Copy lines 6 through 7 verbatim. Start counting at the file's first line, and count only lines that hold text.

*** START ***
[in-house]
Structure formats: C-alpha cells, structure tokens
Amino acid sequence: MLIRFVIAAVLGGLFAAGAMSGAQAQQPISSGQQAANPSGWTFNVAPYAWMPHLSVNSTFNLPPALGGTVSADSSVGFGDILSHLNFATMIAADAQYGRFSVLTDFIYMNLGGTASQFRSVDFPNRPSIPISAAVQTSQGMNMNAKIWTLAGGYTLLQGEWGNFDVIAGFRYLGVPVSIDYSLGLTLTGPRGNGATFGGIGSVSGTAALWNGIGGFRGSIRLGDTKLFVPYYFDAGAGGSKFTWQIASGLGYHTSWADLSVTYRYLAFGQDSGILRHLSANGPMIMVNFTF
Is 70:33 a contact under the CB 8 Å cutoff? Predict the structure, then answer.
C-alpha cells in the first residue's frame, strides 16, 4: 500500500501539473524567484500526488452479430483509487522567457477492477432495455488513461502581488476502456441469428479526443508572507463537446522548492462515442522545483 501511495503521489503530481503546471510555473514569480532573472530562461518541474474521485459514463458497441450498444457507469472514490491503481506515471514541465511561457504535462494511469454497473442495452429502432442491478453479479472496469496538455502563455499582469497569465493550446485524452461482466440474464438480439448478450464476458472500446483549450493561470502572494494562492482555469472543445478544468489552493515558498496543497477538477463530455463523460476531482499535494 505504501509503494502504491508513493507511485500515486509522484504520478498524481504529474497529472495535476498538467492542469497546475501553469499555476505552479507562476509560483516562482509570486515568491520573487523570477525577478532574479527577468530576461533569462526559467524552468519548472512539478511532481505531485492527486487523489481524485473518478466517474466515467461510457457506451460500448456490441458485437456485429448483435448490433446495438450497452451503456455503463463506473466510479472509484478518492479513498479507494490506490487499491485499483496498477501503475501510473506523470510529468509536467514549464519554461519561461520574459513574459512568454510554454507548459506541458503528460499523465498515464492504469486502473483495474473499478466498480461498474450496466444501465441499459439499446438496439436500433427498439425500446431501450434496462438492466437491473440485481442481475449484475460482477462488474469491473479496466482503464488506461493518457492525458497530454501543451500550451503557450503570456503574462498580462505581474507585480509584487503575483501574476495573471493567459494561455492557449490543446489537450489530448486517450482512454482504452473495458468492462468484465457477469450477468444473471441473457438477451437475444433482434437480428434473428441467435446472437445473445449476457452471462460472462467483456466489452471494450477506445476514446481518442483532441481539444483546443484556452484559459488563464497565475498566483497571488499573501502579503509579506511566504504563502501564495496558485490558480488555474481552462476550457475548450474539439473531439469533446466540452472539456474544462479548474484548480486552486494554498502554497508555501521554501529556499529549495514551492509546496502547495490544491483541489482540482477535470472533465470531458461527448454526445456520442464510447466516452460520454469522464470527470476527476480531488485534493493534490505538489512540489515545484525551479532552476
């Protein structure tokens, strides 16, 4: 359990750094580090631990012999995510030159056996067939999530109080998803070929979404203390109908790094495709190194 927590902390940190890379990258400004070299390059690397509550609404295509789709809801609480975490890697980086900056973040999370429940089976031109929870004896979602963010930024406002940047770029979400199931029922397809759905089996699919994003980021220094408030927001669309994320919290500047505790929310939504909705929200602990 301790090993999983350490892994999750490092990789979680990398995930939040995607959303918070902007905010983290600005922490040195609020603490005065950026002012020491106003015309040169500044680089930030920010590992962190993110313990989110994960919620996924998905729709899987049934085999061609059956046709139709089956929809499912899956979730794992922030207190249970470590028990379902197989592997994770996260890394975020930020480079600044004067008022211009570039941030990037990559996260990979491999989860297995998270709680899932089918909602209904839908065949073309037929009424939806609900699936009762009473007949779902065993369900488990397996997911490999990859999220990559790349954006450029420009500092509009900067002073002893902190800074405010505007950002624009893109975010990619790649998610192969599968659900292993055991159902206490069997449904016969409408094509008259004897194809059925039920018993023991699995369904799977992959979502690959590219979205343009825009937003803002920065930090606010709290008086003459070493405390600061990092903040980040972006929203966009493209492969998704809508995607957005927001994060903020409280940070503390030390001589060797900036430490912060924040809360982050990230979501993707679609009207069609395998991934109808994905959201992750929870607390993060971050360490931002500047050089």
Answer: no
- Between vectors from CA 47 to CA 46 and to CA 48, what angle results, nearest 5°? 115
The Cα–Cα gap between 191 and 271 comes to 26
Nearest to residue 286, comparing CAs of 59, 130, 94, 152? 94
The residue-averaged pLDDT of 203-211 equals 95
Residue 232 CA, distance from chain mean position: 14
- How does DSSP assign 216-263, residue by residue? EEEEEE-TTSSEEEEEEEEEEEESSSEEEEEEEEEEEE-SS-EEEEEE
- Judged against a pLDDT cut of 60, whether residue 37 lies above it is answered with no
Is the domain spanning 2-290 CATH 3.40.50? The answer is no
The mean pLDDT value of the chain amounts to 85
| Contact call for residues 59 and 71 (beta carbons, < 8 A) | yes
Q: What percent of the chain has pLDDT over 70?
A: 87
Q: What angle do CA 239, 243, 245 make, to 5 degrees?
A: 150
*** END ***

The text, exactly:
């Protein structure tokens, strides 16, 4: 359990750094580090631990012999995510030159056996067939999530109080998803070929979404203390109908790094495709190194 927590902390940190890379990258400004070299390059690397509550609404295509789709809801609480975490890697980086900056973040999370429940089976031109929870004896979602963010930024406002940047770029979400199931029922397809759905089996699919994003980021220094408030927001669309994320919290500047505790929310939504909705929200602990 301790090993999983350490892994999750490092990789979680990398995930939040995607959303918070902007905010983290600005922490040195609020603490005065950026002012020491106003015309040169500044680089930030920010590992962190993110313990989110994960919620996924998905729709899987049934085999061609059956046709139709089956929809499912899956979730794992922030207190249970470590028990379902197989592997994770996260890394975020930020480079600044004067008022211009570039941030990037990559996260990979491999989860297995998270709680899932089918909602209904839908065949073309037929009424939806609900699936009762009473007949779902065993369900488990397996997911490999990859999220990559790349954006450029420009500092509009900067002073002893902190800074405010505007950002624009893109975010990619790649998610192969599968659900292993055991159902206490069997449904016969409408094509008259004897194809059925039920018993023991699995369904799977992959979502690959590219979205343009825009937003803002920065930090606010709290008086003459070493405390600061990092903040980040972006929203966009493209492969998704809508995607957005927001994060903020409280940070503390030390001589060797900036430490912060924040809360982050990230979501993707679609009207069609395998991934109808994905959201992750929870607390993060971050360490931002500047050089």
Answer: no